GEORGE’S TALES OF THE WOODS
LION HUNTING IN THE SIERRA NEVADA
Her name was Vendla. Vendla Kivi Ajo. Try saying it: Ven-d-la Kee-vee-ah-ho. The Vendla has a little lift to it, and the Kivi Aho rolls off the tongue. Vendla Kivi Ajo! What a pleasure to speak it. It’s not just a name, it’s a picture. We all have words we like to pronounce and this is one for me, for it also brings back memories and events I would probably have forgotten, and faces I still can imagine. Another I have is “cronartium ribicola”: white pine blister rust. It is a disease that travels between the wild gooseberry and the pines. I like to say it for it makes me sound knowledgeable, but, in truth, it is the only thing I remember from the Forestry class I took at Cal. But I do remember the delicious red fat prickly gooseberries, and someday I’ll write a story about them. Another word I like to say is “Nawaliwily”. I pronounce it nye-willy-willy. Fun, isn’t it? This is a very small seaport on the island of Kauai, north of Lihue, that large ships can enter and depart only at high tide, and, at the time I was there in 1944, as you drove along the adjacent highway you could not see the water, but you could reach out and nearly touch a massive ship that appeared to be sitting on dry land.
Oh, yes, Vendla: she is the girl who led me to lion hunting
Our favorite picnic spot near the logging camps was the road crossing of Silver Creek. It was our favorite, because it was the only water area nearby that was usable. Most of the streams in the area were in a deep ravine or canyon, fast flowing over a rocky bed, and sheltered by tall trees and brush. This creek, which eventually flowed into the South Fork of the American River, wandered through a flat, somewhat level area, sandy on each side and scattered tall Pines around. Our site was just upstream from the ford crossing, and though the water was only 2 to 3 feet deep, it was ideal for cooling off prior to lying on sand in the sun, with a beer or a soft drink, and talking and singing with friends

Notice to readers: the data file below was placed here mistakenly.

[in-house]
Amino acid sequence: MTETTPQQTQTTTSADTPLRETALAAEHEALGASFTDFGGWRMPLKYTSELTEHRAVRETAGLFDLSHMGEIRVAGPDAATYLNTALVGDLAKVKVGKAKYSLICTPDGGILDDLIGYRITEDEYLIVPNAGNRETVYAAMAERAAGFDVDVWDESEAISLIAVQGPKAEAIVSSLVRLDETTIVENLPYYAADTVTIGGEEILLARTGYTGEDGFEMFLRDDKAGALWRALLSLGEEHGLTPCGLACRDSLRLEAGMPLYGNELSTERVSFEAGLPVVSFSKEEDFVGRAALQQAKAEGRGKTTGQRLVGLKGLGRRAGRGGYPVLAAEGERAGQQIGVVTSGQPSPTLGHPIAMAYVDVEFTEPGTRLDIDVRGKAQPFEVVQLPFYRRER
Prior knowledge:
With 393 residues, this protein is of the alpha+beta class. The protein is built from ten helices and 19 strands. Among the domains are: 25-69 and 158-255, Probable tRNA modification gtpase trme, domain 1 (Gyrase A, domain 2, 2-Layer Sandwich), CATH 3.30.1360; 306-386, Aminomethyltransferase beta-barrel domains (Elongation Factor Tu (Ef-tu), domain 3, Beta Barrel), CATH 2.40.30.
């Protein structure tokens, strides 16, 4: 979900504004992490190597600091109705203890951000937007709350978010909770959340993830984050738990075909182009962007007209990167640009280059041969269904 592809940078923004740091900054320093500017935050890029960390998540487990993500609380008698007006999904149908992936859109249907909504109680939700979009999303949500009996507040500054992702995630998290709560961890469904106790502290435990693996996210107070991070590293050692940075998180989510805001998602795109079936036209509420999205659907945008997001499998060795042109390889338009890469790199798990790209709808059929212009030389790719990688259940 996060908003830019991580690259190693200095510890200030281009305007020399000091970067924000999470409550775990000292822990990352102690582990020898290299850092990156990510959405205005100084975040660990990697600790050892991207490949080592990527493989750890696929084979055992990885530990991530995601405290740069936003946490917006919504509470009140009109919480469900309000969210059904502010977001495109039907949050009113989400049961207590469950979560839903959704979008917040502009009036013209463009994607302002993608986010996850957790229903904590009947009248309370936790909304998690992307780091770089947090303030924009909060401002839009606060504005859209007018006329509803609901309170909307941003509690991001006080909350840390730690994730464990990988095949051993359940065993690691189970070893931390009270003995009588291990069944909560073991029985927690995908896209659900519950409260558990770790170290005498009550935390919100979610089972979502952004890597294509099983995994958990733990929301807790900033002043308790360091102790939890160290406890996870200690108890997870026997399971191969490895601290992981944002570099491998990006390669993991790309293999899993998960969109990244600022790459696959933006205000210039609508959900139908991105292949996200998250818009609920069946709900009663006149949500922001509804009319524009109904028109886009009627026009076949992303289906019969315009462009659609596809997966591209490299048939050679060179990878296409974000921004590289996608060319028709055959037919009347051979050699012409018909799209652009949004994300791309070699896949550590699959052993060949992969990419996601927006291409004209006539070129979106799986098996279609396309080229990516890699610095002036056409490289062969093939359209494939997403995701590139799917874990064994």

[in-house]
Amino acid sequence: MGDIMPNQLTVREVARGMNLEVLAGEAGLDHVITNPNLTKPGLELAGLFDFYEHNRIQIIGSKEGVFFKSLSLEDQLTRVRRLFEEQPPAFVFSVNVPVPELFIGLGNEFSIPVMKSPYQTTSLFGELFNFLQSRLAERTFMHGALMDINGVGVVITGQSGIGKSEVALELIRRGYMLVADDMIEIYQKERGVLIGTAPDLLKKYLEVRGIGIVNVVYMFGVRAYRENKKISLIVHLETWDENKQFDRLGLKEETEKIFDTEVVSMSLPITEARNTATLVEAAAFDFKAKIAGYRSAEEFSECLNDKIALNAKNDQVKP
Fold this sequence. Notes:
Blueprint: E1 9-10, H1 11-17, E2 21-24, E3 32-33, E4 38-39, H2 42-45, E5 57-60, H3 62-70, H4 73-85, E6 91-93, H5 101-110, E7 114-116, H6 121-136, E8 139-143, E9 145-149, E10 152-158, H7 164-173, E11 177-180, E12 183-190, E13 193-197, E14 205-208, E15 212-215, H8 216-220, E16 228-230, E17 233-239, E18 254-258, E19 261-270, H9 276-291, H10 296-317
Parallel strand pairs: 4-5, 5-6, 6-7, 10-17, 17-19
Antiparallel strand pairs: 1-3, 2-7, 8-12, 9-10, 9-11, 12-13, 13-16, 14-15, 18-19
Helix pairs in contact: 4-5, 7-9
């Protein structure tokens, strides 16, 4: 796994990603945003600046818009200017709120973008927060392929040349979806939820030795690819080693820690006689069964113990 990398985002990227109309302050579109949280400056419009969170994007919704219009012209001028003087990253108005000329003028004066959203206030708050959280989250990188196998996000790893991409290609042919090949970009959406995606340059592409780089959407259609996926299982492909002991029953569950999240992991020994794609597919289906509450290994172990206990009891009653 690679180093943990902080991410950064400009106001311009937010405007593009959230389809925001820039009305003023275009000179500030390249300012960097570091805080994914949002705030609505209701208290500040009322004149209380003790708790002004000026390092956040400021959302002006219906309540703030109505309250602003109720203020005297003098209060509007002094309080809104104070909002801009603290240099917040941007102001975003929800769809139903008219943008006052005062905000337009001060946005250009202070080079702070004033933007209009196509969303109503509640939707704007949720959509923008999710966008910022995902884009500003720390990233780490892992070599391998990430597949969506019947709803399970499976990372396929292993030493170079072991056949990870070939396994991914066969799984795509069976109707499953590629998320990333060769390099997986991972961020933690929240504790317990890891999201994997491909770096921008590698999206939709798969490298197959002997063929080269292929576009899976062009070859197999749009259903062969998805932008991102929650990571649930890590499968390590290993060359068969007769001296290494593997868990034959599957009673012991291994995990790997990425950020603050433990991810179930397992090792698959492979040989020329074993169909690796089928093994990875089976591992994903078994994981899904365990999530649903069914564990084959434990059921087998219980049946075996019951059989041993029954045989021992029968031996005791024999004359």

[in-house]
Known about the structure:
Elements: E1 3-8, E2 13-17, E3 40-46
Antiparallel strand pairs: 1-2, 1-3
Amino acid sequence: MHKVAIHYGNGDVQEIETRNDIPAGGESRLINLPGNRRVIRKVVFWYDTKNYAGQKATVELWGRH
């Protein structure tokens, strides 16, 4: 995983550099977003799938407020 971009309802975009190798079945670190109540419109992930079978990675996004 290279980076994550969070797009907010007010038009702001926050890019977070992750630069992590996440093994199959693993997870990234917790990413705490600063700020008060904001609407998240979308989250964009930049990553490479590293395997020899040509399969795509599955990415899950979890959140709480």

This particular Sunday might have highlighted a special celebration, for it seemed there were more of us there this time. From Georgetowncame Freddy with a girl. Freddy, a husky young man in his late 20’s, had been a “cat skinner” (tractor driver) for several years in the camps. He had now become a California State Highway Patrolman, and I suspect, cut a fine figure in his uniform.
His guest was Vendla, a pretty, black haired young girl of Finnish parentage, just graduated from high school. It seems she and I found something in common, for the two of us wandered down stream, discussing the problems of the world, and what fortunes the future held for us. She invited me to visit her in Georgetown the next Sunday to have dinner with her parents, and we strolled back to the partying group. Our reception was of a “what have you two been up to?” nature, except for Freddy, who was seriously, and properly, offended and embarrassed, but Vendla and I offered no apologies.
The next Sunday’s dinner was delightful, as were her parents. Both small sinewy persons, her father was the manager of the gold mine nearby, and had I not been invited for that day, the family would have gone to Rocklin, a small town a short way west of Auburn for a sauna. Rocklin had a large population of Finns, who enjoyed their masochistic practice of sweating over hot rocks, then jumping into icy water. I’m glad they didn’t suggest I join them some time. They might even have added switches on my back for further cleansing.
That afternoon Vendla took me for a ride in their family car on one of the back roads. Vendla had just finished high school and was ready to sow her wild oats, to become a woman of the world, to be emancipated. We parked for a while and did a little necking. My attempts at petting were rebuffed, but to express her new freedom she told a joke using the “F” word. I was not shocked, but somewhat surprised, for I would not have said that word before women, such were the mores of that period. And as I parted that evening for the camp, we arranged to go to the “barn” dance outside Georgetown the next Saturday night.